I’m the happiest when my patients say that nobody noticed they had work done. But everyone complimented how well rested or more beautiful they look.
Where to get Botox:
Usually I would recommend Botox mostly for the upper third of the face. That means the mimic wrinkles on the forehead and around the eyes, sometimes also for the so-called bunny lines on the nose.
I like the more natural effect, so I try to keep a little bit of muscle movements in the forehead while still getting that subtle brow lift or softening of the glabella lines (the lines between the eyebrows). It’s important not to over-inject the forehead with the idea that the botox will last longer. Because then you’ll have that typical frozen look with the unnaturally lifted eyebrows.
When to get Botox:
My advice around Botox would be: when possible – start earlier. At the first visible signs of aging but with smaller doses. We are starting to slowly lose the collagen in our skin after the age of 25. And usually the first signs of aging are visible already in our mid to late 30s.
Of course, genetics, sun exposure, smoking, stress are important factors here. But for most patients the 30s are the best years to start with small “tweakments”.
When to get dermal fillers:
Skin boosters are also a good option, they are light Hyaluronic acid products that are injected underneath the skin. It’s like the perfect moisturizer that actually works and gives the skin a nice glow.
Hyaluronic acid fillers on the other hand are great for filling the already existing wrinkles and bring back lost volume. If you have pronounced nasolabial folds (the lines around the mouth) then fillers would be a perfect choice.
Fillers are also great for volume restoration in the mid face. Especially after fat tissue loss due to chronic diseases, chemotherapy or menopause. I also love a very natural lip augmentation and chin augmentation to balance the profile. It’s a miracle how much a slight improvement in the lip plumpness can make the whole face look younger and more balanced.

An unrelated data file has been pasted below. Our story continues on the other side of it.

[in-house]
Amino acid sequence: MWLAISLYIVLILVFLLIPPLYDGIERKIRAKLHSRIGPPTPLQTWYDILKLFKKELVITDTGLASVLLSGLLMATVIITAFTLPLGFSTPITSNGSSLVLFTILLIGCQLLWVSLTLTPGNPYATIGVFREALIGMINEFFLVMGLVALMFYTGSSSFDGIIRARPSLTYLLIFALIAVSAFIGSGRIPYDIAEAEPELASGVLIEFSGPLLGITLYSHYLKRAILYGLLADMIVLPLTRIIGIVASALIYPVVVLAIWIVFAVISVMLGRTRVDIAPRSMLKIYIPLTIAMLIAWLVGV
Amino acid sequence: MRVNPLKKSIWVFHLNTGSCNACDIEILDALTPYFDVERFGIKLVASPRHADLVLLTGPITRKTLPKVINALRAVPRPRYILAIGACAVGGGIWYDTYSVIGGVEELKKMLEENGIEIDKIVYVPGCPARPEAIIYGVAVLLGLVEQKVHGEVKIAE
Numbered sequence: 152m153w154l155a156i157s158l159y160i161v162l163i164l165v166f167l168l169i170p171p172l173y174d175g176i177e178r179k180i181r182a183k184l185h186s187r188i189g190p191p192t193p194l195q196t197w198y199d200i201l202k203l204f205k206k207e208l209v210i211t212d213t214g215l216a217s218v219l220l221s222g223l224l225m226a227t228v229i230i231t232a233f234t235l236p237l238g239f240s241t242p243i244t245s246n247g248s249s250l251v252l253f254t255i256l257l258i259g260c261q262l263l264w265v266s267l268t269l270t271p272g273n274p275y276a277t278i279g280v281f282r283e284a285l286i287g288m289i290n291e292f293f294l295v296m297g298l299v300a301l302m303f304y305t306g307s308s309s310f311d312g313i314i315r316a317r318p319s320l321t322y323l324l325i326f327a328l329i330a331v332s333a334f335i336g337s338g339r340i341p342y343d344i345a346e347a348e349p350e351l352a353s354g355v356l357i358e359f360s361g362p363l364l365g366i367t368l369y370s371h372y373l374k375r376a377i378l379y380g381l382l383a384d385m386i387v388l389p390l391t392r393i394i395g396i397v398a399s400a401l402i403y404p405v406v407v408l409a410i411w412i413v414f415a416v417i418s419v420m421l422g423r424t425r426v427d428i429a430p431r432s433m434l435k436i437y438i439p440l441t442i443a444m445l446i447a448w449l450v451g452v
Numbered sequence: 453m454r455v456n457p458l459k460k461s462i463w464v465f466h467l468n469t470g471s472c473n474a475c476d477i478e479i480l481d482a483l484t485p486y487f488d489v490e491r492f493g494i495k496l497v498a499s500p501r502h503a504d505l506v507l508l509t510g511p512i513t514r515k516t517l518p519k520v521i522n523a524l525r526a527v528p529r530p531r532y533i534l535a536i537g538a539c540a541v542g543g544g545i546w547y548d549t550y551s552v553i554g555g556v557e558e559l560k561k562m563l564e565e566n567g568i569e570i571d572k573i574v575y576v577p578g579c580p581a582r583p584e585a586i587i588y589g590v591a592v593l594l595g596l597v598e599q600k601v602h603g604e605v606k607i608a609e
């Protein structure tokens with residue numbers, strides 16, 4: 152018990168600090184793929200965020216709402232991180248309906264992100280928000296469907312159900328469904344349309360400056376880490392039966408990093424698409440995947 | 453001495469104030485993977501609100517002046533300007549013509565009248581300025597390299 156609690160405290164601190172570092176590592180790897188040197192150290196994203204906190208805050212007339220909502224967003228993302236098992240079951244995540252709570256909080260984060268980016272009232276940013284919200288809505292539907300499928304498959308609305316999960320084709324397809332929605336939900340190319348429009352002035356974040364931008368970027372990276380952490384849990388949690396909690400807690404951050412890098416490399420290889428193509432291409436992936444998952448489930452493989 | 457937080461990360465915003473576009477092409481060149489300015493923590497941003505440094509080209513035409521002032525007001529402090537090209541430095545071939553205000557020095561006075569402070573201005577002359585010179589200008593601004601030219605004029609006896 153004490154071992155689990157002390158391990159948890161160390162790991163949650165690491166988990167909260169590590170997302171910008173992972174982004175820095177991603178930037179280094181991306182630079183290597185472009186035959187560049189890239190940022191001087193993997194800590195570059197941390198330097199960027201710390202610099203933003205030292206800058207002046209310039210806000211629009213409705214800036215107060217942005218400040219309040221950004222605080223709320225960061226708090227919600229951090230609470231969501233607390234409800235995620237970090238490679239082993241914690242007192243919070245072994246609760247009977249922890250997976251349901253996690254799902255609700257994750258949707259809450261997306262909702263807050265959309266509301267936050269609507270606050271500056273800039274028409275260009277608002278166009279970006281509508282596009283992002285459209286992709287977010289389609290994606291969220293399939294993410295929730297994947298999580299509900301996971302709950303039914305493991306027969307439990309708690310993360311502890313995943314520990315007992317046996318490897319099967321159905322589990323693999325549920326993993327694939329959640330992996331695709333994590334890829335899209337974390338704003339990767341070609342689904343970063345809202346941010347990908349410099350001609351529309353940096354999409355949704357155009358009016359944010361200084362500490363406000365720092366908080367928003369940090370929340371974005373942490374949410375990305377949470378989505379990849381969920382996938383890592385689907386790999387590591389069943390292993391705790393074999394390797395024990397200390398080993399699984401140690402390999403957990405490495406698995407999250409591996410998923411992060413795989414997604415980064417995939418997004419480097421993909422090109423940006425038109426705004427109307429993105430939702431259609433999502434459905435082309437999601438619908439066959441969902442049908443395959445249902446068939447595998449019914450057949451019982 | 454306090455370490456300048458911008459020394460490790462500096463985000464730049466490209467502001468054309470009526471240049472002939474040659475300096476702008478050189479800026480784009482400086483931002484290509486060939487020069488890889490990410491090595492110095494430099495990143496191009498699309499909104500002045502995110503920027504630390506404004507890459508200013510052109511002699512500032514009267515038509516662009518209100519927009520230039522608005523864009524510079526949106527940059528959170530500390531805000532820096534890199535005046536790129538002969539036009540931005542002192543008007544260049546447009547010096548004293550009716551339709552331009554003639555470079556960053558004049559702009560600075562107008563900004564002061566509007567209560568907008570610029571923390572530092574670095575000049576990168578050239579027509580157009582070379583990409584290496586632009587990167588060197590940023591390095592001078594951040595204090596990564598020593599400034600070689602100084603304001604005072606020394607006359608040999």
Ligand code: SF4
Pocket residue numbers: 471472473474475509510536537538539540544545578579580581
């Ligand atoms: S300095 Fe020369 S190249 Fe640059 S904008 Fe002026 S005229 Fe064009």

How much filler is too much:
That being said- I’m pretty much against big, disproportional lips that have lost their natural movement. They are maybe the main reason for so much controversy around fillers. It’s easy to overfill the lips, not understanding the anatomy of the tissue. But you need a good anatomical knowledge and a sense for art to create a natural looking, proportional, undetectable and yet plump looking lips.
I like the saying:
“You should buy your clothes on sale, but not your lips.”
In your opinion, are lasers or peels more effective, and why?
Chemical peels can be great for giving that glowy skin look, improving skin structure, helping with acne scars and discolorations, but they should be done regularly. They stimulate collagen production but not as much as lasers.
Cosmetic laser treatments:
Lasers like Fraxel, for example, are much better for deeper acne scars, wrinkles, sun damaged skin and fine lines. Fraxel is more invasive than peels. And there’s a down time of around 1 week, when the skin becomes red, crusty and then it completely renews itself. We can see big improvement only after one treatment.
Other lasers, like the Clear & Brilliant are a good option for something in between. But you also need several treatments for visible results.
If someone has more issues with facial redness or enlarged blood vessels on the face, then the vascular lasers are great for that. Pigment lasers like Rubin laser (or also known as tattoo removal lasers) are great for sun spots, age spots and melasma (or pregnancy mask). Since hyperpigmentation is probably the most difficult to treat, there has to be a complete approach to it (prescription medications, appropriate skin care, strict sun avoidance etc). One without the other will not provide the best results.